The main issue of today's Foreign Affairs Council was Syria. We started by preparing our discussion yesterday with an extremely good meeting with the UN Special Envoy Staffan de Mistura. I said this morning that you would have more details about the concrete support that the European Union can give to his efforts. First of all you might have seen already the conclusions we adopted through a very a smooth process, as they were already agreed before entering the meeting. This gave some space for a real in-depth political debate amongst all the ministers. The general sense of our discussion and our decision was first of all to not only give full and strong support to Staffan de Mistura, but also concrete support to his efforts, knowing that these efforts to achieve a strategic de-escalation of violence are and can be a basis for a broader political process. We refer to it in the conclusions in this way, I quote, 'a lasting solution to the conflict can only be a Syrian-led political process leading to transition'. This means also that we know very well that there is an urgency to work on the freeze, in particular the freeze of hostility in Aleppo. I know that very well, notably as I visited the border between Syria and Turkey just one week ago.. Aleppo is not only a city with a large population, it is also a city that represents an important symbol in the region and in the country. If we manage to work on the freeze together with Staffan de Mistura, supporting his efforts, it could be also one possible way of showing that reduction of violence is possible in Syria. This could even lead to a political process in the country.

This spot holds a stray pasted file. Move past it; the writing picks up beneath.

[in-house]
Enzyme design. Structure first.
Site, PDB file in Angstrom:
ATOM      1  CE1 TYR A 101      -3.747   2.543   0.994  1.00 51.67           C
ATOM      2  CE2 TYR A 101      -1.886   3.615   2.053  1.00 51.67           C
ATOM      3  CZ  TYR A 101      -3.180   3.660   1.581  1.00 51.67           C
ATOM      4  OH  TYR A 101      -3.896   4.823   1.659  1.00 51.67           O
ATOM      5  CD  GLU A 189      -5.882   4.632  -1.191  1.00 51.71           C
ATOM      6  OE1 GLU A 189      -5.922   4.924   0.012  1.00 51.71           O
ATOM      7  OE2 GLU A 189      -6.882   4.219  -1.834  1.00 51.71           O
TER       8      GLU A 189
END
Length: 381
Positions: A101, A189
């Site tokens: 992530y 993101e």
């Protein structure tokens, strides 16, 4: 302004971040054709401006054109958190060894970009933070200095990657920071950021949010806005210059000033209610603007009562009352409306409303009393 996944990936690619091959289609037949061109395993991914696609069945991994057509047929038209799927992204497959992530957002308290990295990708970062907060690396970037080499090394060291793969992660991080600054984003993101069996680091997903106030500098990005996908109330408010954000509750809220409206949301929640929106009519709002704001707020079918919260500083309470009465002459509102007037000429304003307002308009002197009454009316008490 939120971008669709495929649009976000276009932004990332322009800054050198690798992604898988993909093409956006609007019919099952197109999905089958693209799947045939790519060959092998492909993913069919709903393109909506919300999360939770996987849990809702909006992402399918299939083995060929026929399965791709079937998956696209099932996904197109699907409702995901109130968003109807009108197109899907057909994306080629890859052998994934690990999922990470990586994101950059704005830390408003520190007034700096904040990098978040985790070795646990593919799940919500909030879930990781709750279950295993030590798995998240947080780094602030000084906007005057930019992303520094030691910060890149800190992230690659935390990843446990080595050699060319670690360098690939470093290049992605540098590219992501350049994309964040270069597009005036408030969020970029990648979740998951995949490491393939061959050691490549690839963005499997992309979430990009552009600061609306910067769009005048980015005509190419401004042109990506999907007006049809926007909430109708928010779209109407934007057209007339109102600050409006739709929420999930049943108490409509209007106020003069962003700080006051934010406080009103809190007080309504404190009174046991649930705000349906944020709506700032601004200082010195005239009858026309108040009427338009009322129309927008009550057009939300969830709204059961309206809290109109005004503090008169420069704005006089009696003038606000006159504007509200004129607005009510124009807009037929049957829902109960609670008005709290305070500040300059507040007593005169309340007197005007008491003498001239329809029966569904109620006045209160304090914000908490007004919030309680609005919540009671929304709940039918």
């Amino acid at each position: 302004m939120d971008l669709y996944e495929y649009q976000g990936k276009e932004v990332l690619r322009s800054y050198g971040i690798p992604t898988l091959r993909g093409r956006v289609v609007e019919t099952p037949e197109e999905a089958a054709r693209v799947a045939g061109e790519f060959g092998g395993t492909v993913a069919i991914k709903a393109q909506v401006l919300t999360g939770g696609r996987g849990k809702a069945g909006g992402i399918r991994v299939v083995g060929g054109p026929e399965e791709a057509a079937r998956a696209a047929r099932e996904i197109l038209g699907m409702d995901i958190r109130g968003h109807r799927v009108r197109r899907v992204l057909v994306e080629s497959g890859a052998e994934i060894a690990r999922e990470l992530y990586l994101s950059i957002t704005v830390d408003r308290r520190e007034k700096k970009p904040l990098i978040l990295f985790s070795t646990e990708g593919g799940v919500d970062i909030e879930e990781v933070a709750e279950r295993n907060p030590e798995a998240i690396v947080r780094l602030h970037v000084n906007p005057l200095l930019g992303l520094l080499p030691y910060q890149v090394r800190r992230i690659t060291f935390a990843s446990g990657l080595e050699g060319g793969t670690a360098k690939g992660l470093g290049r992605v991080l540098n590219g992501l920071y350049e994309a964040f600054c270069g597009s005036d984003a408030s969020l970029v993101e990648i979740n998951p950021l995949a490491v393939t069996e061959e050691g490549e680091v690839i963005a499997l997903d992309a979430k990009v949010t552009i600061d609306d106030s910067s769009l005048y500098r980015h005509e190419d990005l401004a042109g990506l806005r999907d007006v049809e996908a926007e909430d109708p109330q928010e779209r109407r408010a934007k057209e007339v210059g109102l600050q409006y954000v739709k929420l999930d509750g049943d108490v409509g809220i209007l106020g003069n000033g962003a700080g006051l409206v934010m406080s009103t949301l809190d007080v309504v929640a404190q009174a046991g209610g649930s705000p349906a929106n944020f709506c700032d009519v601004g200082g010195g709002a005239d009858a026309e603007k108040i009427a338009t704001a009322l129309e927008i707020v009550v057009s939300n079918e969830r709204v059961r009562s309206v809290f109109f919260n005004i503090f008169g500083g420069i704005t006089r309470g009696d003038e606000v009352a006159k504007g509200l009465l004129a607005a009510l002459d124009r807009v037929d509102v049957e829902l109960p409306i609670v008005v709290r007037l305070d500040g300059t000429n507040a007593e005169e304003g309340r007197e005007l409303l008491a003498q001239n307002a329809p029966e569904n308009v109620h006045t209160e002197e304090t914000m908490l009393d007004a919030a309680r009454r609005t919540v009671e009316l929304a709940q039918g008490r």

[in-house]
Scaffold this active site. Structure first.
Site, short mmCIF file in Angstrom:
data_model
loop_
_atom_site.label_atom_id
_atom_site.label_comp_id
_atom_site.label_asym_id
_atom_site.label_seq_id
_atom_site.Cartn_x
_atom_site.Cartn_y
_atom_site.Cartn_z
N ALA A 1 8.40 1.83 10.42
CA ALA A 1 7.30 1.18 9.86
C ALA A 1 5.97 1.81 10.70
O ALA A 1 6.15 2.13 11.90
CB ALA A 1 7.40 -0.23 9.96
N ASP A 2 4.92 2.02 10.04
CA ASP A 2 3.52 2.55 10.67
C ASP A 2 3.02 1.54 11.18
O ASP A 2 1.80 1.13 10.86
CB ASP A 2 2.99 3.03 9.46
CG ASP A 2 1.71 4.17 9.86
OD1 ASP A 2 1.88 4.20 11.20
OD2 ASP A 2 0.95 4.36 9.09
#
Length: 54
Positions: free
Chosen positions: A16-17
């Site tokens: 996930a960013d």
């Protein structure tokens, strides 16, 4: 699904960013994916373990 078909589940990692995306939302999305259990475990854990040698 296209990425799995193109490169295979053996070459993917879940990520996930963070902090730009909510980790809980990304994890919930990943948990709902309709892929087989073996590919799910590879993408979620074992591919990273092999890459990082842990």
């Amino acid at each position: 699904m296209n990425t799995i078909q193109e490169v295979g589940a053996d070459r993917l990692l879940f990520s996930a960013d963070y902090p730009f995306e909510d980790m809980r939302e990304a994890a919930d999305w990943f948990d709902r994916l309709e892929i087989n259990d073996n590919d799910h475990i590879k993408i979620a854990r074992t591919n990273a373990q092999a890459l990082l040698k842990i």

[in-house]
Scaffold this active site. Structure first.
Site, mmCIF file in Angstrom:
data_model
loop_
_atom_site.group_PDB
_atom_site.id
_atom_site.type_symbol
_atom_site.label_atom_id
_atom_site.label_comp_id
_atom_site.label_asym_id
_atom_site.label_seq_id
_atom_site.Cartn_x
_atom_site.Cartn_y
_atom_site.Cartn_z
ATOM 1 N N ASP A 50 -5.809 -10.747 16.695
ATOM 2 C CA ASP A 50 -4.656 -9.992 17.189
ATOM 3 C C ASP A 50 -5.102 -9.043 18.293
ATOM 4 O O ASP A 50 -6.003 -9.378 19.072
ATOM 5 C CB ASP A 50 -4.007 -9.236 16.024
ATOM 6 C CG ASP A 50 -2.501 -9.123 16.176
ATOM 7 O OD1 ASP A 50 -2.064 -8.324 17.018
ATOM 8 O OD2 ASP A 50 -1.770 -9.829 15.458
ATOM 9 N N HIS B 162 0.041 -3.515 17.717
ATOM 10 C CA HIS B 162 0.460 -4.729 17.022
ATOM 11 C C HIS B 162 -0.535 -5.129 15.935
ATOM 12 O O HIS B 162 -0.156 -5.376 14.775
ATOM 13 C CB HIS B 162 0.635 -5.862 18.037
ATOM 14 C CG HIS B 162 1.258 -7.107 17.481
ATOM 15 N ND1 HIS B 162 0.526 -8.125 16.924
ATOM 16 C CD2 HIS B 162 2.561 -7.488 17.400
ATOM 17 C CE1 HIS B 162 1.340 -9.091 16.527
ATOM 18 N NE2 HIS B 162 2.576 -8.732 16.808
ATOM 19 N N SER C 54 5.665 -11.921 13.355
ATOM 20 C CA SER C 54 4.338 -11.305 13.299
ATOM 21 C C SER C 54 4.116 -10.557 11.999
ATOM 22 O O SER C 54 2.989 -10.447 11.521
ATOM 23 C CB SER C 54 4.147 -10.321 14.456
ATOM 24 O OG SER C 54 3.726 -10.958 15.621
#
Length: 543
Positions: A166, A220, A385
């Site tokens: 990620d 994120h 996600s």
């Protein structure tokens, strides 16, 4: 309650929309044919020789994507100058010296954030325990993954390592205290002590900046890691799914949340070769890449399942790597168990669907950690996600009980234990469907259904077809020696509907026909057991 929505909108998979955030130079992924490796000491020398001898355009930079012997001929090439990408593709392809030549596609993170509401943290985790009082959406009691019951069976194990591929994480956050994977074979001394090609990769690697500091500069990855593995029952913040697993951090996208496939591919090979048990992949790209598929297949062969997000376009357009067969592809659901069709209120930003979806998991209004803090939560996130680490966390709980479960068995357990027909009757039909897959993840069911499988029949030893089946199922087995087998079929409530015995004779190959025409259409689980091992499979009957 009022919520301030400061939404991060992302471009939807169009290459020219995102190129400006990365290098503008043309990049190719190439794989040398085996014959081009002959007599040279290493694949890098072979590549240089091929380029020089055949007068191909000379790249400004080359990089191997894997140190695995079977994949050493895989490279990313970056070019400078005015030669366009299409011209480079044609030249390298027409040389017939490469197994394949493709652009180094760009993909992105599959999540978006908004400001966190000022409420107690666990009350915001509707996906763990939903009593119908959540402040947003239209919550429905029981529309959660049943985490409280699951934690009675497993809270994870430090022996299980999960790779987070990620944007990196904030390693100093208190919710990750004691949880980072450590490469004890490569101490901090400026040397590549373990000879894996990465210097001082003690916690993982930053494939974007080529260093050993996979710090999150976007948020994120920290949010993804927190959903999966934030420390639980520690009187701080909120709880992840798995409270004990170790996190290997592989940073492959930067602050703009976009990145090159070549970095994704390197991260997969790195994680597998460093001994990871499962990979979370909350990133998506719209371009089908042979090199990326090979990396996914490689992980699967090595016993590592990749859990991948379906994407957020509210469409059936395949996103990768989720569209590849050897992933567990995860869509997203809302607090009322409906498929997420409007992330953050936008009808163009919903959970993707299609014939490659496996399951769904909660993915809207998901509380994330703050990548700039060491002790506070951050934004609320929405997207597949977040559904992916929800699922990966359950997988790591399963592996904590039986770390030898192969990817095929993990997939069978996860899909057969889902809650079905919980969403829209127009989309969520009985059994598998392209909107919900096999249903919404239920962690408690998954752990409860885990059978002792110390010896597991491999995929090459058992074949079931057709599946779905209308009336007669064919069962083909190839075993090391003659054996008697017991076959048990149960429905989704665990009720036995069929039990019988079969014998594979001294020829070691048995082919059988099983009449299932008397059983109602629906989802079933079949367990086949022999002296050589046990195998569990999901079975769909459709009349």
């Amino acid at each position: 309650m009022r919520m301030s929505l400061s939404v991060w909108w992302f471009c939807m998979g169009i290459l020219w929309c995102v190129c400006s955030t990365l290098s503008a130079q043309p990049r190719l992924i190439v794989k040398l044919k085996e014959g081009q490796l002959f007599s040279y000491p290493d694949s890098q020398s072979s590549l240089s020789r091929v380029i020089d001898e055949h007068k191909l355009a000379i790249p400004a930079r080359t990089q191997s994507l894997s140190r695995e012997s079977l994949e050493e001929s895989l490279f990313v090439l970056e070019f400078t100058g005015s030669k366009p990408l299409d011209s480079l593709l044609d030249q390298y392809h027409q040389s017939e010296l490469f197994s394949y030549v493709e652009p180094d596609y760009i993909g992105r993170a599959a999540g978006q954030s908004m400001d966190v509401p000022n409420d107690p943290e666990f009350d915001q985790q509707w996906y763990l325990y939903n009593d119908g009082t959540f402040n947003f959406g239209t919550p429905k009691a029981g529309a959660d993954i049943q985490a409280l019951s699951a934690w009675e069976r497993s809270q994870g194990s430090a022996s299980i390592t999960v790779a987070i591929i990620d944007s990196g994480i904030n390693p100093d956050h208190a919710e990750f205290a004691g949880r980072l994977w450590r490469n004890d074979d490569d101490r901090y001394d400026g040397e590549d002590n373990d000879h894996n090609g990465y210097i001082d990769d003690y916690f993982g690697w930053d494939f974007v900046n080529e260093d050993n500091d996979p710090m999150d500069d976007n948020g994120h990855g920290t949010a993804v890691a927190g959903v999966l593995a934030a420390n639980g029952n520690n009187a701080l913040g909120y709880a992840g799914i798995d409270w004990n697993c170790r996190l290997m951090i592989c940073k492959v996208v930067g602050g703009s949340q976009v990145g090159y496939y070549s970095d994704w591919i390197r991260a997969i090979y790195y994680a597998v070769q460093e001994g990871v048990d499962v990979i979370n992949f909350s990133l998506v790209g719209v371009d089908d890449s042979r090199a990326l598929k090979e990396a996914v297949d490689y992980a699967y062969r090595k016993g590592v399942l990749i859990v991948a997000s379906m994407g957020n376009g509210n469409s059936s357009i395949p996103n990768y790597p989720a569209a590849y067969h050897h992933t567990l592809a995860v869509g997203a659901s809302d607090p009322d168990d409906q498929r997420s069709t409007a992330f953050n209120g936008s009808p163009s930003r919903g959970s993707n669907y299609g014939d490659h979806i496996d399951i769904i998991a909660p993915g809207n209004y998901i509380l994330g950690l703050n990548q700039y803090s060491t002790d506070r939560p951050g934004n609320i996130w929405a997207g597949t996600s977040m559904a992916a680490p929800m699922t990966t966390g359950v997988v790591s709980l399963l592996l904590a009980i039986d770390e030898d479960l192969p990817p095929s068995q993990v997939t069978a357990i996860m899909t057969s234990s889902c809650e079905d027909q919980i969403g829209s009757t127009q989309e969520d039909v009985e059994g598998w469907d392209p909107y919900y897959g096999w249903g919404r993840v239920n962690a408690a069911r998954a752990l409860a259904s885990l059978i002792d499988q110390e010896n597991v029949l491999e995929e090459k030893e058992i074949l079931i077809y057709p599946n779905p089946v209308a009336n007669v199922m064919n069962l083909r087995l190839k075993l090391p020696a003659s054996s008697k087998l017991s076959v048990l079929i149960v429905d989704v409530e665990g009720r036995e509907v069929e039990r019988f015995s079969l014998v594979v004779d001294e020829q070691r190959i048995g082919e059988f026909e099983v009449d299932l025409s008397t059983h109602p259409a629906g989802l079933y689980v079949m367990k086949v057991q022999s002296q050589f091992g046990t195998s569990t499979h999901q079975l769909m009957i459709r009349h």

The concrete elements of the EU support to the UN Special Envoy efforts can be on two levels. On one side, we have agreed to have a focused diplomatic effort in the region. This means, as mentioned in the conclusions, that the EU is ready to engage with all regional and international actors with influence over the Syrian parties. This sentence was not there in previous decisions of the Council,. This means explicitly that we will work with all the actors that have a say, that have a role, that can be part of the solution to the Syrian crisis, namely big Gulf countries, starting from Saudi Arabia but also Iran and Russia. We have decided that we will develop our diplomatic initiative towards these actors in the framework of the UN-led efforts. That means that we will try to facilitate, in all possible ways, a Syrian-led process leading to a transition based on the Geneva communiqué of 2012. The point is that after three years and a half of war, the Syrian regime is still there. We need to find other ways to stick to the same principles of the Geneva communiqué, but trying to find the most effective ways of facing the conflict.